guarantee and protection mechanisms.


  Because IP multicast VPNs require full meshed multicast distribution
  between multiple customer sites, and this operation usually requires
  complicated multicast tree management within a provider core network,
  it is also highly desirable that a solution provides the service
  provider with several easy mechanisms to control and manage these IP
  multicast distributions within the network.




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2.2. Motivations for IP multicast VPN protocol design


   The basic function of an IP multicast VPN is to enable a multicast
   source which exists in a customer site to send IP multicast traffic
   privately over the provider core network to multicast receivers that
   exist in different customer sites.


   To enable this private IP multicast transmission, several solutions
   have been proposed. Within the proposals, the most significant
   solution is [MCAST-VPN] which introduces the Multicast Domain (MD)
   mechanism to interconnect each customer's IP multicast networks over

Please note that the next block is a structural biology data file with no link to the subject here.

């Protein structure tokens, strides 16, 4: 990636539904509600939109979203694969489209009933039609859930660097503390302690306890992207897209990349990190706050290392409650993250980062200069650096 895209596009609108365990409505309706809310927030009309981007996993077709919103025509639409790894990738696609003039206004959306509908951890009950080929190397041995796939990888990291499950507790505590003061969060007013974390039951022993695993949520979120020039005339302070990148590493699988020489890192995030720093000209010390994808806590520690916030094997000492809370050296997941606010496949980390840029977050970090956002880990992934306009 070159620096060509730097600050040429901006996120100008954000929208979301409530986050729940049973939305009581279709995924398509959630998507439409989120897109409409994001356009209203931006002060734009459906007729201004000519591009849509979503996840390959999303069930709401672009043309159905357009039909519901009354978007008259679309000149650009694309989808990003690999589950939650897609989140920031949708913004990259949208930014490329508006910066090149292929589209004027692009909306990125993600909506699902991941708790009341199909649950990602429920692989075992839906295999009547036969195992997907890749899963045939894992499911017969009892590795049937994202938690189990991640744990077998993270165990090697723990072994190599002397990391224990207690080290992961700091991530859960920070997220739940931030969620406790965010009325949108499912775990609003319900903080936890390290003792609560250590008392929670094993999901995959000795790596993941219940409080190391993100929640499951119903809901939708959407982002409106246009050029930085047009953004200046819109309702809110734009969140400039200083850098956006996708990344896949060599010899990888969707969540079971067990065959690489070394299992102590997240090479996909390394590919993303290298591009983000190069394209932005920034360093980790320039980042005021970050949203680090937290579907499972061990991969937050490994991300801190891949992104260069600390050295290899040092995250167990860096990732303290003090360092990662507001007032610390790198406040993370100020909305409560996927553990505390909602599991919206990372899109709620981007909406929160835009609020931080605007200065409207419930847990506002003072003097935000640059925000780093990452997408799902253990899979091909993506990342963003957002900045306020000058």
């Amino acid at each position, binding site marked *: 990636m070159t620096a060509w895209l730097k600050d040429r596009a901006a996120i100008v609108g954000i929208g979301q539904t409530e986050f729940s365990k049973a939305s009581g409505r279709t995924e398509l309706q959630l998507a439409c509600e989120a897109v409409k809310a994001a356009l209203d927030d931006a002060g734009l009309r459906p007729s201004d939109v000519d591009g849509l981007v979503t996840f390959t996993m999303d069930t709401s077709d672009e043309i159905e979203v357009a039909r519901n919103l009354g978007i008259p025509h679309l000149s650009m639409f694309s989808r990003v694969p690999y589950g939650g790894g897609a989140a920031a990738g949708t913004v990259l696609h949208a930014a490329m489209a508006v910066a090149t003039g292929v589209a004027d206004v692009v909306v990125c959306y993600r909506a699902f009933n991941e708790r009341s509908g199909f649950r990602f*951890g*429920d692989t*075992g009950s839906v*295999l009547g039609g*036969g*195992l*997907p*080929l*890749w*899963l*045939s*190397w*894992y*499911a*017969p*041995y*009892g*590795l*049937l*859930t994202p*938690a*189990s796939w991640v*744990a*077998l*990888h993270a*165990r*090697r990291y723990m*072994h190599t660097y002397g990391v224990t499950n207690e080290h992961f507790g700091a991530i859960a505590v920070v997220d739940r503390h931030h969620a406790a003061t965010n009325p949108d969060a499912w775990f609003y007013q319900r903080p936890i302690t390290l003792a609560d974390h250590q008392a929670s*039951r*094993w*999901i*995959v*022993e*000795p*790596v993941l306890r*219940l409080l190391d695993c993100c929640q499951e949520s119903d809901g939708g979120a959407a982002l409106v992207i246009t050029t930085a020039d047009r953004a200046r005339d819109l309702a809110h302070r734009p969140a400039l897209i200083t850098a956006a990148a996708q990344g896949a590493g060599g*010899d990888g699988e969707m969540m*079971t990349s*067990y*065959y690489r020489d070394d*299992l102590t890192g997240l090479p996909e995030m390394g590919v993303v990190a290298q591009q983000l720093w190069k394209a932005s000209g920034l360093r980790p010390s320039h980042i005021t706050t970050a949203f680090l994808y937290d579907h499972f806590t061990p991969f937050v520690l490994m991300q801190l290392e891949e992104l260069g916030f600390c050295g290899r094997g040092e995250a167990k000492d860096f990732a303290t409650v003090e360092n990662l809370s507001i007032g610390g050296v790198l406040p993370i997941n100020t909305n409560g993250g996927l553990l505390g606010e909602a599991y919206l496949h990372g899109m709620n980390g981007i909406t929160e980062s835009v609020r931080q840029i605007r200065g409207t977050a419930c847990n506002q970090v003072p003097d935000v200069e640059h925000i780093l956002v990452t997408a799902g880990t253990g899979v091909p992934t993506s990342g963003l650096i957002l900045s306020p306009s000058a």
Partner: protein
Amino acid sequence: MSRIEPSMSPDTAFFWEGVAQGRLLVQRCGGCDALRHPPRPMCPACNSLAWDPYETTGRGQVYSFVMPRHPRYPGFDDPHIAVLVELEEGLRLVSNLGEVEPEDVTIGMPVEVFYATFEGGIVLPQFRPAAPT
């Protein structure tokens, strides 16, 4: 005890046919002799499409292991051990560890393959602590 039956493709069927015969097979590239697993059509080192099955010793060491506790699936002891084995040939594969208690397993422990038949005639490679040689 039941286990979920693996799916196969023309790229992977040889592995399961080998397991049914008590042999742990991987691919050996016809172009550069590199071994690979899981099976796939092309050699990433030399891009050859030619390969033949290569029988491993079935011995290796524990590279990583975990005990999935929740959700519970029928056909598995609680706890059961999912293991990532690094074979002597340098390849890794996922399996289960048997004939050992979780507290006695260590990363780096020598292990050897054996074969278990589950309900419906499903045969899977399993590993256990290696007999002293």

the provider network to enable IP multicast distribution between the
   sites. An MD is essentially a set of MVRFs associated with interfaces
   that can send multicast traffic to each other and is equivalent to
   a multi-access interface from the standpoint of a PIM customer
   instance. Therefore, in this MD model, a provider wide customer IP
   multicast network is formed over an MD which transparently exchanges
   customer's IP multicast control messages between PEs which form IP
   multicast adjacencies between them. This means that when the customer
   network runs the PIM protocol, PIM adjacencies are formed between
   MVRFs at the PEs and periodic PIM Join/Prune messages and Hello
   messages are transmitted between them.


   This features introduces some scalability concerns for the service
   provider when they operate IP multicast VPNs because today's
   conventional L3VPNs accommodate a lot of large scale VPNs and it is
   easily assumed that a majority of these VPNs will introduce IP
   multicast VPN services in the near future. This would require a huge
   amount of PIM adjacencies to be maintained over the provider core
   network and this would reduce the VPN's network performance and